With the confirmation of Supreme Court nominee Brett Kavanaugh thrown into question by sexual assault allegations, President Trump tweeted that “if it was as bad as she says, charges would have been immediately filed.”

Distressed by the president’s apparent ignorance of the dynamics of sexual assault, thousands of women and men have responded under the hashtag of #WhyIDidntReport, telling their stories in an attempt to answer the question that is so often thrown at sexual assault survivors: “Why didn’t you say something sooner?”

I join with them.

Why didn’t I report?

Because the Southern Baptist minister/rapist had told me that everything he did was God’s will and that I was to be a “helpmeet” to him in his holy work.

Because the Southern Baptist minister/rapist had later told me that I harbored Satan.

Because I was an impossibly confused 16-year-old girl.

Because when I told the church’s music minister, he instructed me not to talk about it to anyone else.

Because I was a good Baptist girl, raised to be submissive to pastoral authority and to “lean not” unto my own understanding.

Because I was made to apologize to the minister/rapist’s wife and I believed that everything was somehow my fault.

Because I was terrified of going to hell.

Because my whole self was enveloped in shame and fear.

Because the senior pastor told me I needed to rededicate my life to Christ.

Because it never would have occurred to me to put a “rapist” label on a “man of God.”

Because, even after others knew, the senior pastor praised the minister/rapist from the pulpit and my whole church community gave him a send-off with their best casseroles and Jell-O molds.

Because when I told my older sister, she called me a “slut.”

Because for decades I was incapable of admitting even to myself that someone I trusted so completely had violated me in such a profoundly personal and painful way.

Years later, what happened when I did report?

The music minister said the conduct was “consensual” even though I was a minor at the time of the assaults, and he still insisted that I had no business talking about it.

The church and the music minister made a preemptive strike, threatening to sue me if I continued to talk about what had happened.

When I contacted other church and denominational authorities – 18 in total – some ignored me completely and others made uncaring, bureaucratic, do-nothing responses.

When I contacted the Southern Baptist Convention, they wrote that they had no record the man was still in ministry – even though he was, as I later learned.

When I contacted law enforcement, they told me the statute of limitations had run out.

When I filed a lawsuit, the church used a longtime denominational attorney who tried to silence me with a nondisclosure agreement, which he described as “standard” and which I refused to sign.

I learned that another woman, a church secretary, had made sexual harassment claims against the same minister and that she had lost her job because of it.

When I dared to propose concrete steps that the Southern Baptist Convention could take to make church kids safer – the sorts of record-keeping and information-sharing that are common in other faith groups – I was disparaged, ridiculed and vilified.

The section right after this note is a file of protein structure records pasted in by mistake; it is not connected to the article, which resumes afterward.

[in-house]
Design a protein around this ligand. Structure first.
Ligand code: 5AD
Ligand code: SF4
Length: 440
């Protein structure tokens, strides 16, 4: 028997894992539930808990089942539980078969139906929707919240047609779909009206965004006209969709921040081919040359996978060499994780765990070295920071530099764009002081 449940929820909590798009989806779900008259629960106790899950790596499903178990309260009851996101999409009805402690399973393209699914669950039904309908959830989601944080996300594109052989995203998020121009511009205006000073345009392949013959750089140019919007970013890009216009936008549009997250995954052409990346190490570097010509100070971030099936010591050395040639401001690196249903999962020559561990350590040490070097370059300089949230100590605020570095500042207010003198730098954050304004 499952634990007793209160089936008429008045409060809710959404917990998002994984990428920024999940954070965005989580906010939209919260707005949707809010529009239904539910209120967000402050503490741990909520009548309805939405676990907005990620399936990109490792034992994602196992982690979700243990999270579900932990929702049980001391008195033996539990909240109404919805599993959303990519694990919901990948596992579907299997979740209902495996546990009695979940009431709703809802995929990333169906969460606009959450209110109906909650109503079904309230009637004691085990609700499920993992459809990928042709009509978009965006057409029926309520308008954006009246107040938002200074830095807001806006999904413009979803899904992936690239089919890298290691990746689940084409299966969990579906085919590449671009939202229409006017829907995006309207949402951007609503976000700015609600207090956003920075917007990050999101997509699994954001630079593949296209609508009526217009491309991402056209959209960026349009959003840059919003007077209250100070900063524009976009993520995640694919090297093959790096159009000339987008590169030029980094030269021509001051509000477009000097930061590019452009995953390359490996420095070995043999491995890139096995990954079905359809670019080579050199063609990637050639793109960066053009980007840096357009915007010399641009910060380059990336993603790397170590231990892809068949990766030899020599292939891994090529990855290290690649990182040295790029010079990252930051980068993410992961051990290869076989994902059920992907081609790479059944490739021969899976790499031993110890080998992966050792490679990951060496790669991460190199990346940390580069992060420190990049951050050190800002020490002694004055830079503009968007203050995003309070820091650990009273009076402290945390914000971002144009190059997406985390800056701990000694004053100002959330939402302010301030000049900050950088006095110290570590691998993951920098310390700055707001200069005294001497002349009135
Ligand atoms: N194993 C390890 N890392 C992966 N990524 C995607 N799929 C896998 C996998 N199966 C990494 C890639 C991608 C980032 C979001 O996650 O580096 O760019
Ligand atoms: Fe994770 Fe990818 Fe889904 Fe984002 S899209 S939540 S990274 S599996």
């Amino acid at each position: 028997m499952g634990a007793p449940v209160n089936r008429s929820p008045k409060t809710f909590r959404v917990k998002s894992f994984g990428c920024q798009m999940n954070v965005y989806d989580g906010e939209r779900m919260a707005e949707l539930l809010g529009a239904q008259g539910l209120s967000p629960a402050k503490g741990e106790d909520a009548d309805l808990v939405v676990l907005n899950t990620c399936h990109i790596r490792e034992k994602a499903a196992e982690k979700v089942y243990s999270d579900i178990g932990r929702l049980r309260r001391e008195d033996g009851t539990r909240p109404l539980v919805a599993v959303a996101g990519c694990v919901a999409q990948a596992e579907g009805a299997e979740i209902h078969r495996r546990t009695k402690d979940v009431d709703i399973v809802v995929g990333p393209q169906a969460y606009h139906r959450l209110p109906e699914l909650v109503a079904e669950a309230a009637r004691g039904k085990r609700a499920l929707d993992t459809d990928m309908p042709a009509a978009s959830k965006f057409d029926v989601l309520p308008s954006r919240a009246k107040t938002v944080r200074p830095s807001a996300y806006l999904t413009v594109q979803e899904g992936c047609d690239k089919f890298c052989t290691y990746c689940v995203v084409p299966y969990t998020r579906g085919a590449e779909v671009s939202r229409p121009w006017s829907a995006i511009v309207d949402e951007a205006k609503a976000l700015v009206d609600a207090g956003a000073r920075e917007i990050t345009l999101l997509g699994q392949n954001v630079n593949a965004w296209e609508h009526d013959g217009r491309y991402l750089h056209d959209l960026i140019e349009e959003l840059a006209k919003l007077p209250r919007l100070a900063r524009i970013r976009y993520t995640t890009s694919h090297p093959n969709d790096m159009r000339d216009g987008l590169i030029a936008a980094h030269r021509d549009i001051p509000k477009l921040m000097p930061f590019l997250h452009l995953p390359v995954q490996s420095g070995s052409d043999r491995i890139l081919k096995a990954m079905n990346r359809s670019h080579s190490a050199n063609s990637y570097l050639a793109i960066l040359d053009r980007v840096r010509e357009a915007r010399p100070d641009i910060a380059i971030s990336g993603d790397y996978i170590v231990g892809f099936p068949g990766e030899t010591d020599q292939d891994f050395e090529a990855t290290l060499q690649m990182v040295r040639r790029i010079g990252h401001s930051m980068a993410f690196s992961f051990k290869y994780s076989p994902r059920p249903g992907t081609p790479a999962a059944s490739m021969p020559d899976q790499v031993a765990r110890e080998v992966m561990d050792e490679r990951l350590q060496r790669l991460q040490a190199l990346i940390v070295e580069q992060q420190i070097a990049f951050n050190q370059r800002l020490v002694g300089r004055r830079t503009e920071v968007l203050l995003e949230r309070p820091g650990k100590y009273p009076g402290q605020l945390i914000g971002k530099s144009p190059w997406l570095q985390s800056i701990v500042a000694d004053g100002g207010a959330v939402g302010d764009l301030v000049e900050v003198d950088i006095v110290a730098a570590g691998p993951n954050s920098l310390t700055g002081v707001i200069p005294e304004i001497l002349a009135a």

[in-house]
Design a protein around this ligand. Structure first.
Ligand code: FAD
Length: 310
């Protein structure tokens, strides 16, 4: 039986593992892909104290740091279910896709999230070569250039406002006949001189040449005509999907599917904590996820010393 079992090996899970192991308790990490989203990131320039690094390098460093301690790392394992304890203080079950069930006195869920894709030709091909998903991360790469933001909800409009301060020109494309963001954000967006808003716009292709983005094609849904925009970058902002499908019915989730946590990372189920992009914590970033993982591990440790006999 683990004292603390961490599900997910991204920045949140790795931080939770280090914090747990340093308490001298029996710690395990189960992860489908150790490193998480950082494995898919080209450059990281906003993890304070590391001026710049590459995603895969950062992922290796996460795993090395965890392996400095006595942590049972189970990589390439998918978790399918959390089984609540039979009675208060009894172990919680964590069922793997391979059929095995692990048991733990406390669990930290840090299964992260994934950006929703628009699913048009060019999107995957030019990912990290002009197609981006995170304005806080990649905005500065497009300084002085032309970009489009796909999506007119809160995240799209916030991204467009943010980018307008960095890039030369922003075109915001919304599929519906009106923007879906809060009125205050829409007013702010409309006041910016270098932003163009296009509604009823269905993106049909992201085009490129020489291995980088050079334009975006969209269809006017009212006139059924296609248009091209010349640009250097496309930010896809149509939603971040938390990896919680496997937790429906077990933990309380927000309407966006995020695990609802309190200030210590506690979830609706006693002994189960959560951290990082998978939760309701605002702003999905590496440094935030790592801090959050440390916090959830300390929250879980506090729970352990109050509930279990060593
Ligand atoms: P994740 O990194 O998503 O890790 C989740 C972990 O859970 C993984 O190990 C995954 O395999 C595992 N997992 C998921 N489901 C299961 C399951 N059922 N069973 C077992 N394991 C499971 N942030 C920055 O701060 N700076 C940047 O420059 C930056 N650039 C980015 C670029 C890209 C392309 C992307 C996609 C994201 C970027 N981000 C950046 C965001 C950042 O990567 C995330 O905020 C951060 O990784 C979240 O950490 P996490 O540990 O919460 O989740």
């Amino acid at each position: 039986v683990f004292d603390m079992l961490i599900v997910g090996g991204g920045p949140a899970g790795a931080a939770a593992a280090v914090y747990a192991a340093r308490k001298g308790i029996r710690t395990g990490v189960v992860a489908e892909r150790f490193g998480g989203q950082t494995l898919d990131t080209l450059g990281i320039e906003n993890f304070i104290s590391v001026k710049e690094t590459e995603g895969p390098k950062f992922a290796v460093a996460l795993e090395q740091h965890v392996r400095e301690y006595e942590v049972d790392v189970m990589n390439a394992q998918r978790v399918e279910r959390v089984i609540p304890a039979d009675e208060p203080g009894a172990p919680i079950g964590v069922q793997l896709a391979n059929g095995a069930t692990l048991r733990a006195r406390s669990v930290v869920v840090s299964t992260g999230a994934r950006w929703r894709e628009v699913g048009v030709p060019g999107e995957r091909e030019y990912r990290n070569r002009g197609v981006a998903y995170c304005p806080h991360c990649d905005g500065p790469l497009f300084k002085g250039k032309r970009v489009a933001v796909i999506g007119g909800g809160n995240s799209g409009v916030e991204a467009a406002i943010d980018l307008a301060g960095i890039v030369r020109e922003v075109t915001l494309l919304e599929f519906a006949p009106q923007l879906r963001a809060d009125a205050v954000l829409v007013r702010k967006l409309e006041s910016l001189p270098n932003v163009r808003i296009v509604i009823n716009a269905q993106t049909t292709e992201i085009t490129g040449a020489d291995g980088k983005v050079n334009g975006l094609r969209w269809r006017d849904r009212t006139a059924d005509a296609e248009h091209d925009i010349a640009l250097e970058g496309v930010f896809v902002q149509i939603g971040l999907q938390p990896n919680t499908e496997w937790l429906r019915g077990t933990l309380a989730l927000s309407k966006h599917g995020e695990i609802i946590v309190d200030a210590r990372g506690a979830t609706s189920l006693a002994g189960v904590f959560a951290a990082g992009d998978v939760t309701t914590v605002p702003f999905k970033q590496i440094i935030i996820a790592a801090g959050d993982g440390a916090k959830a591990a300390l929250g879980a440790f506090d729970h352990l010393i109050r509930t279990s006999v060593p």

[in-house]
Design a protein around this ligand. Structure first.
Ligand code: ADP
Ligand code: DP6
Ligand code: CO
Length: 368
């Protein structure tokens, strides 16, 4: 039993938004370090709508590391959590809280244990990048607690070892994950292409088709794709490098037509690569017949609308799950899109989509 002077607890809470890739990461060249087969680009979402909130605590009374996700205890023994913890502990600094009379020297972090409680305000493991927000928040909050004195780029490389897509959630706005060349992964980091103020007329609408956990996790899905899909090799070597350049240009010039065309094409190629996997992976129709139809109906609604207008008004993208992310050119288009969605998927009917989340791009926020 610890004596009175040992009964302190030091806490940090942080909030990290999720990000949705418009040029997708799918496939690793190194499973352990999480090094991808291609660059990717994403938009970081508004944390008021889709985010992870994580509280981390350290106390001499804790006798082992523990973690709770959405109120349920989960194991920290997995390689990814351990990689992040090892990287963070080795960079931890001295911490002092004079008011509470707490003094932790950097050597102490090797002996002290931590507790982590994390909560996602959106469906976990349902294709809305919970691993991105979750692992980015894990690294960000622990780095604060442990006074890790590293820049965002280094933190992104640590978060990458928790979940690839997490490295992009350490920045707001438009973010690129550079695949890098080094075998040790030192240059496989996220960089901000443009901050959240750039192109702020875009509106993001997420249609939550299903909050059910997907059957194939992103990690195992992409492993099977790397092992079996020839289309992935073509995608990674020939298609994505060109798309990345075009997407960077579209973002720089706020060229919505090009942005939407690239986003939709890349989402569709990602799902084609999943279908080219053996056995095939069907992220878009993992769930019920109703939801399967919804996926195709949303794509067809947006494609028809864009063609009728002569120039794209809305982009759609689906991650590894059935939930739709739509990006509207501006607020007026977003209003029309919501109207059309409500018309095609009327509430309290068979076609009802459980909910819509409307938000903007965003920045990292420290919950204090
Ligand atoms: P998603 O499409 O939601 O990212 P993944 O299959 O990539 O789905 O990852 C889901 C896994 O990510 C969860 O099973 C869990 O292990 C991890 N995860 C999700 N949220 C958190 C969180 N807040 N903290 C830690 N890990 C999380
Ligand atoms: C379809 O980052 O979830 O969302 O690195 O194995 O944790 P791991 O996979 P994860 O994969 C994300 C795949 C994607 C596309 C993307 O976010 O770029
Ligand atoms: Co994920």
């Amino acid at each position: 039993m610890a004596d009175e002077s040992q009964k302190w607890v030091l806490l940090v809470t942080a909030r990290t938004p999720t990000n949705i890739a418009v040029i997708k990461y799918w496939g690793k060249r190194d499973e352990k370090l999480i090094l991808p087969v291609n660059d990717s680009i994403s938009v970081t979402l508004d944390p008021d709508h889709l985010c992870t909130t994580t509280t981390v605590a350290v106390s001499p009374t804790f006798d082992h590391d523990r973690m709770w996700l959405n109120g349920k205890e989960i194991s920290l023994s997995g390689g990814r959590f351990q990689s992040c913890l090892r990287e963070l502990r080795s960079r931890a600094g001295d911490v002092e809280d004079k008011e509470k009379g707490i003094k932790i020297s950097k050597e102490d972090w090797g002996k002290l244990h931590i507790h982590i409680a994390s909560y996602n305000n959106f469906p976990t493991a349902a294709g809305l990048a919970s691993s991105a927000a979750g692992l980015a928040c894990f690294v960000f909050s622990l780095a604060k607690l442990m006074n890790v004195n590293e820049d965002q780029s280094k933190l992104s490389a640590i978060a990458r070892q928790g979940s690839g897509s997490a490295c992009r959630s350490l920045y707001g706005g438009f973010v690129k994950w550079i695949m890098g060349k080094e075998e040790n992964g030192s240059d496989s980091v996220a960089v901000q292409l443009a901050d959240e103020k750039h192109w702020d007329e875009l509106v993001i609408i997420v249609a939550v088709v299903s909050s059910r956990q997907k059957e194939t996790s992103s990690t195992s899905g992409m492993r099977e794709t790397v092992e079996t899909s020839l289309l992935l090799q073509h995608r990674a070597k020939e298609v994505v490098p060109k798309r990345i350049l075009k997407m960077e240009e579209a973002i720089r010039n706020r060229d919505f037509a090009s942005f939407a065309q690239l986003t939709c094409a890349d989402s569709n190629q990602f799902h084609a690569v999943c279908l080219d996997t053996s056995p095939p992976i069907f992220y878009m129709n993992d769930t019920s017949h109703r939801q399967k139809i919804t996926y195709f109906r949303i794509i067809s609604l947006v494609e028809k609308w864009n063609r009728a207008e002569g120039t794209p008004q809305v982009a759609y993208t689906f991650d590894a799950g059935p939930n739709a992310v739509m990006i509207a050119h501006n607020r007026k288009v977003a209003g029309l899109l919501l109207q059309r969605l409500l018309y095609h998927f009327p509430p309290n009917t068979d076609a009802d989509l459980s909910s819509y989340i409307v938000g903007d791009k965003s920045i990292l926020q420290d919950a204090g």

Top Southern Baptist officials dismissed me as an “opportunist,” an “evil-doer” and a person of “no integrity.”

Countless others flung slurs such as “harlot” and “Jezebel.” You name it, and I’ve probably been called it, usually in an anonymous spew of venom and often beginning with the words “I’m a Christian and …”

Even some family members fell subject to the same ignorance as that of the president and criticized me for not “choosing” to speak out at the time of the assaults; it strained relationships.

My own mother used words quite similar to those of the president, insisting it “couldn’t possibly have been so bad” or I would have talked about it with her.

Later, Mom also told me that the church’s senior pastor had assured her I would “forget about it” – and she wondered why I couldn’t do that.

There is a significant cost for speaking out.

The many stories under the #WhyIDidntReport hashtag should dispel any mystery about why sexual assault survivors don’t speak up sooner.

Reporting can be as traumatic as the assault. Survivors anticipate that, and the responses of others seldom prove them wrong.

I myself sometimes wonder whether it was worth it. Institutionally, nothing seems to have changed, and the ministers faced little consequence.

Though he no longer works in children’s ministry, the minister/rapist still trades on his “45 years in the ministry” to promote his trustworthiness as a real estate agent, and he even named a Baptist “church partner” for his business.

The keep-it-quiet music minister kept his job and had a church concert series named after him, in honor of his work with youth choirs.

Meanwhile, for my family and myself, the costs have been high. In particular, I grieve for the guilt my mother felt and for how a religious leader manipulated her.

Nevertheless, I am proud to have survived the Southern Baptist Convention, an institution infected with a virulent rape culture enabled by theology, polity and religious tribalism. It’s a hellhole of a place for those who seek to report the sexual assaults of clergy.

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